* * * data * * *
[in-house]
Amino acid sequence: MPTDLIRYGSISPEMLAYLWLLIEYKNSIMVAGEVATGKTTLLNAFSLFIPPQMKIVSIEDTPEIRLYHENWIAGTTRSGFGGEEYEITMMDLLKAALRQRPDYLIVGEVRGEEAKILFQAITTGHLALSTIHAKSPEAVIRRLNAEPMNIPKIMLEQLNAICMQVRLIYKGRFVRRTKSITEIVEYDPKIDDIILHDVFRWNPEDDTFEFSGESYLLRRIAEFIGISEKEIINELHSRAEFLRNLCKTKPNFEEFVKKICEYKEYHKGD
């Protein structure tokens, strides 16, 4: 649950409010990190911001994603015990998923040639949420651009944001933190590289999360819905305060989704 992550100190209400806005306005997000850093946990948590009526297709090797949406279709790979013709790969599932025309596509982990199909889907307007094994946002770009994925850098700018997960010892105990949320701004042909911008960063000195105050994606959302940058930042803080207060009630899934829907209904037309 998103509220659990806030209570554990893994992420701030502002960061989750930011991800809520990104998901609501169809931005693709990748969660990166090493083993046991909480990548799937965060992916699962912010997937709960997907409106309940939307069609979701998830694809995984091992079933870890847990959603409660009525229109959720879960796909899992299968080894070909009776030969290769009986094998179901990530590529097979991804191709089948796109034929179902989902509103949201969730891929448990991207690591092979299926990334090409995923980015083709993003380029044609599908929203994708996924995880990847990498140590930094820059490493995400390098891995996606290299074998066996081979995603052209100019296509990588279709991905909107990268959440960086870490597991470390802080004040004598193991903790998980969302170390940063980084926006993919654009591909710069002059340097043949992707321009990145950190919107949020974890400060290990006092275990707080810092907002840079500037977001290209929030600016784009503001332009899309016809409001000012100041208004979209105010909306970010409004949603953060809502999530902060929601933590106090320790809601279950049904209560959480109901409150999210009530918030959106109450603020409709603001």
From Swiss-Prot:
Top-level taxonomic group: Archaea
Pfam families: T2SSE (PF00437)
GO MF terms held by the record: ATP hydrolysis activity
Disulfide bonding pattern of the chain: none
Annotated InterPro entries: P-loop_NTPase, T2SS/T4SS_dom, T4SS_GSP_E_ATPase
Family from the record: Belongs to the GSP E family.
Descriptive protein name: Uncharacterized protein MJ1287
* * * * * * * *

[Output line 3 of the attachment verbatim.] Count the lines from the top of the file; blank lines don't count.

């Protein structure tokens, strides 16, 4: 649950409010990190911001994603015990998923040639949420651009944001933190590289999360819905305060989704 992550100190209400806005306005997000850093946990948590009526297709090797949406279709790979013709790969599932025309596509982990199909889907307007094994946002770009994925850098700018997960010892105990949320701004042909911008960063000195105050994606959302940058930042803080207060009630899934829907209904037309 998103509220659990806030209570554990893994992420701030502002960061989750930011991800809520990104998901609501169809931005693709990748969660990166090493083993046991909480990548799937965060992916699962912010997937709960997907409106309940939307069609979701998830694809995984091992079933870890847990959603409660009525229109959720879960796909899992299968080894070909009776030969290769009986094998179901990530590529097979991804191709089948796109034929179902989902509103949201969730891929448990991207690591092979299926990334090409995923980015083709993003380029044609599908929203994708996924995880990847990498140590930094820059490493995400390098891995996606290299074998066996081979995603052209100019296509990588279709991905909107990268959440960086870490597991470390802080004040004598193991903790998980969302170390940063980084926006993919654009591909710069002059340097043949992707321009990145950190919107949020974890400060290990006092275990707080810092907002840079500037977001290209929030600016784009503001332009899309016809409001000012100041208004979209105010909306970010409004949603953060809502999530902060929601933590106090320790809601279950049904209560959480109901409150999210009530918030959106109450603020409709603001």